Once we turned back toward the Slate Range, the horses got back to picking their footing through rock, rock, and more rock. The trails we climbed back up were built by a dirt bike group - 4 miles of it, at least. Tremendous effort they put in, and they must have been some C-R-A-Z-Y riders. Yeah, I'd ride a sure-footed horse over these trails, but a dirt bike!? Those people are nuts. But we appreciated the trails, with yet another spectacular view of the Panamint Valley and Range behind us that widened into a spectacular panorama far below us.
The trails and two-track roads down the east side weren't as steep nor as rocky. I got off to walk/run some downhill, guaranteeing I'd be wiped out by the end of the day. While still up high, (un-forecast) clouds began moving in and the temperature dropped to the low 30's, and danged if we didn't get a few itty bitty snowflakes on us as we were riding into the finish. The Ice Princess' power extends even to the southern reaches of Death Valley!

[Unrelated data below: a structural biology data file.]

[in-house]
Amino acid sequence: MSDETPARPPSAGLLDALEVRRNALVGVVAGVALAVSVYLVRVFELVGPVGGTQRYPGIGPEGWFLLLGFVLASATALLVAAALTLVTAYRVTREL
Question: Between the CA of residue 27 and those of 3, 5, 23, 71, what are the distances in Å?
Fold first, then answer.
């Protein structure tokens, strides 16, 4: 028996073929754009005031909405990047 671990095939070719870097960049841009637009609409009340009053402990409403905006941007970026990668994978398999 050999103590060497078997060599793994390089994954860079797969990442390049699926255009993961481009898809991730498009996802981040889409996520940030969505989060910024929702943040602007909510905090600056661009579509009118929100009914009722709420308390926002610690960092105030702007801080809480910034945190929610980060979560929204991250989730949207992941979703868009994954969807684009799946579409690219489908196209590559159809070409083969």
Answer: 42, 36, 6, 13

We'd planned on riding our horses only 2 days, so we decided to ride Day 3 (up the Slate Range again), and sleep in on Day 2!
Day 3's loop 1 took us back up into the Slate Range on a different trail - and up and up, climbing to radio towers on one of the peaks. We had yet another view of the Panamint Range and Valley as we headed up.
Descent back to the Searles Valley was a long, steep, gnarly, very cool old trail that must have first been created by burros. Everybody was off leading on foot on that one. That is a trail you would not want to ride up!
After an hour lunch break back in camp, the going got tough - but in a different way. We looped around the Searles Valley, up against the Slate foothills through some old mines,